Everyone working in the arts should gather round and watch Ze Frank. The man’s a genius, has a million and one things to teach about all sorts of things (but if we’re being prosaic, we could start with UGC-based online projects) and has been doing it long enough that people should really have caught on by now.
Here’s the Kickstarter video for his latest run of shows by way of introduction.
I’m really not sure what to make of The Space yet. I think it’s somewhere between a spectacularly ill-conceived distraction and a rather good thing. Probably it’s both but it’s too early to tell for sure. Either way, here’s an interesting piece about how it was built.
I came across a few arts data-related projects this month, including Cultural Data Project, Space, TRG Arts’ Community Programs and Open Cultuur Data. There are plenty of these things around – arts sectors internationally aren’t short of information, the trick is in making sure useful information is available to the right people at the right time.
This is an interestingly introspective post about the Map the Museum project, posing the question “should you release 5000 records with well produced photographs, and meticulously edited text? Or should you simply dump 50,000 online, warts and all?”
Some other things:
- BOP Consulting have produced a report for the Arts Council called Measuring the economic benefits of arts and culture
- WikiPaintings.org wants to be the most complete and well-structured online repository of fine art.
- All the projects from Culture Hack Day Scotland 2012
- A good piece from the FT about live opera being shown in cinemas and online
- Carl Plant has visualised Foursquare checkin data for UK Theatre venues
- I like Eve Nicol‘s approach to reviewing things via video. Here’s a good example.
Custom Report Sharing for Google Analytics and The Best Google Analytics Add-Ons. Can you tell what I’ve been working on a lot recently? On a completely different data/stats kick, Dan Hon’s post about data and diabetes was fascinating.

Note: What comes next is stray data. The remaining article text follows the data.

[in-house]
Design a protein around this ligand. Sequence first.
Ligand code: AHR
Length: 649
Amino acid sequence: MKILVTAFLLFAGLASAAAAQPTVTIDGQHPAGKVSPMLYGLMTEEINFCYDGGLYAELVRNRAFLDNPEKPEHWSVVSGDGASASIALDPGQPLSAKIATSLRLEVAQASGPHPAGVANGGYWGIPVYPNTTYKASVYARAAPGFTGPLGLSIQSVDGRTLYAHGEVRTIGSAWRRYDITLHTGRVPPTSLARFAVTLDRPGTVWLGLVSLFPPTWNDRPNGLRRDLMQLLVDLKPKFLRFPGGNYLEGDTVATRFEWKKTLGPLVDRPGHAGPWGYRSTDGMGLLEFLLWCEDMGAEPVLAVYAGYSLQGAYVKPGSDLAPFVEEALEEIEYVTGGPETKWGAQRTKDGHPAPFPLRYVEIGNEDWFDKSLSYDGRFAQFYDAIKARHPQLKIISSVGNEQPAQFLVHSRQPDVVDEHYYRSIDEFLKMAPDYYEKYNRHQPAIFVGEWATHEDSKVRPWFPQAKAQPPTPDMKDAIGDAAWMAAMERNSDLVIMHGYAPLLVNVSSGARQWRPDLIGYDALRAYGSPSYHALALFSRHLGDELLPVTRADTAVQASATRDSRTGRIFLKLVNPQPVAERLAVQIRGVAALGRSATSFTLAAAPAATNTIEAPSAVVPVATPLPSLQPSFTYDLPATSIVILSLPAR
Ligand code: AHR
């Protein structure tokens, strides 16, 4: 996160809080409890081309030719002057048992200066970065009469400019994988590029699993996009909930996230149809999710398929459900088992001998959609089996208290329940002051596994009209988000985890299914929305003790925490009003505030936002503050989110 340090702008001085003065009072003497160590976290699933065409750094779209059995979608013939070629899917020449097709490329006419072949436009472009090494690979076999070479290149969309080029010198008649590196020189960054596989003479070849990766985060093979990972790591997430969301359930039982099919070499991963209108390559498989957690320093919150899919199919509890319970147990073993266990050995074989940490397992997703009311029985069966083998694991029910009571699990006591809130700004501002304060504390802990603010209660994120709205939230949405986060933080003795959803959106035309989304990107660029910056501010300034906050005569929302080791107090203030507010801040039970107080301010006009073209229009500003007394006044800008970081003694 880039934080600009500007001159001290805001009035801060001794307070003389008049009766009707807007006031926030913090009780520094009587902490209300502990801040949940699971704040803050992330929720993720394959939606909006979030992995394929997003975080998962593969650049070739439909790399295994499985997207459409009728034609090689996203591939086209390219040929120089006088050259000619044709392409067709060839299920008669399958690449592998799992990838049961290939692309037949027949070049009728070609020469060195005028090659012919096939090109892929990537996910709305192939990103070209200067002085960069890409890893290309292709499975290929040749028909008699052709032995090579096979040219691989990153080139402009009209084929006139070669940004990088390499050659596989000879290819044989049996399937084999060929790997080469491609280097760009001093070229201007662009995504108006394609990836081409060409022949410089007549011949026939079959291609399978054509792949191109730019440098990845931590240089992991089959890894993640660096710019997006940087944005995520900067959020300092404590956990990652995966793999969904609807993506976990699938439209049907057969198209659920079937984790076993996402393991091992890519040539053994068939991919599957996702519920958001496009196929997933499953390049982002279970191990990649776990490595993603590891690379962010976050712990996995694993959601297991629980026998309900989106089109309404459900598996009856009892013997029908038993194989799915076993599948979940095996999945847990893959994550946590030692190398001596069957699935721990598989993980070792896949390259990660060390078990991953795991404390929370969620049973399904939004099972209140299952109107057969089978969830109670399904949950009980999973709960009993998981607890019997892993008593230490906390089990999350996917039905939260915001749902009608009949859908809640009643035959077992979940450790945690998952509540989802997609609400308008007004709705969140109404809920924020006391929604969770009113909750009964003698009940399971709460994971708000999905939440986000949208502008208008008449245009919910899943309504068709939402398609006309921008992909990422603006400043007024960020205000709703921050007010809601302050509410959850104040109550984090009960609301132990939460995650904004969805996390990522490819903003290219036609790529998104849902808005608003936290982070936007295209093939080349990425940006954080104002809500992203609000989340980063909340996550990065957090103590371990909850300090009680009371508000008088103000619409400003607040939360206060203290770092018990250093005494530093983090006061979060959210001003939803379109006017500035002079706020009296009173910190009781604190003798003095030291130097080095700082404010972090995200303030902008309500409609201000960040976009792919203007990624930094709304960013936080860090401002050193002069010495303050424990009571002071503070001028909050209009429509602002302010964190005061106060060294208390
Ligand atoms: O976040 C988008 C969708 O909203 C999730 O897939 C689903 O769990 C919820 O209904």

A couple of interesting collaborations from the world of journalism:
- Dutch newspapers plan joint ‘kiosk’ for digital content with readers able to buy articles on-demand or as part of a monthly subscription.
- Condé Nast teams up with Time et al on Android. 32 titles magazines available on Android for $14.99 a month
And while we’re on the subject, Writing in Newspapers and Magazines is worth reading for the George Clooney quote alone.
- Melissa Terras asks ‘Is blogging and tweeting about research papers worth it?‘ and finds that, if you want people to find and read your research, then the answer is ‘yes’.
- Mailchimp’s style guide for anyone writing copy for the company
- Startups, This Is How Design Works by Wells Riley is a handy guide for understanding design
- FAME , which gave people the chance to ‘win Twitter fame for a day’, was interesting while it lasted
- Web: GatherContent, Wiggio, PromptDown, Yahoo! Marketing Dashboard, Pocket
- iPhone: Walking Cycle Bell (because of this video), Tate Quiz Trail, ZX Plectrum, ASIP, The Eatery
- Podcasts: The Dinner Party, Risk, 99% Invisible
- Browser add-ons: Collusion
I’ll leave you with the first video in a series by Rui Guerra who interviewed John Stack, Head of Tate Online about Tate’s online strategy and new website. Lots of interesting stuff in there.
See also Rui’s other videos with Rob Stein from the Indianapolis Museum of Art.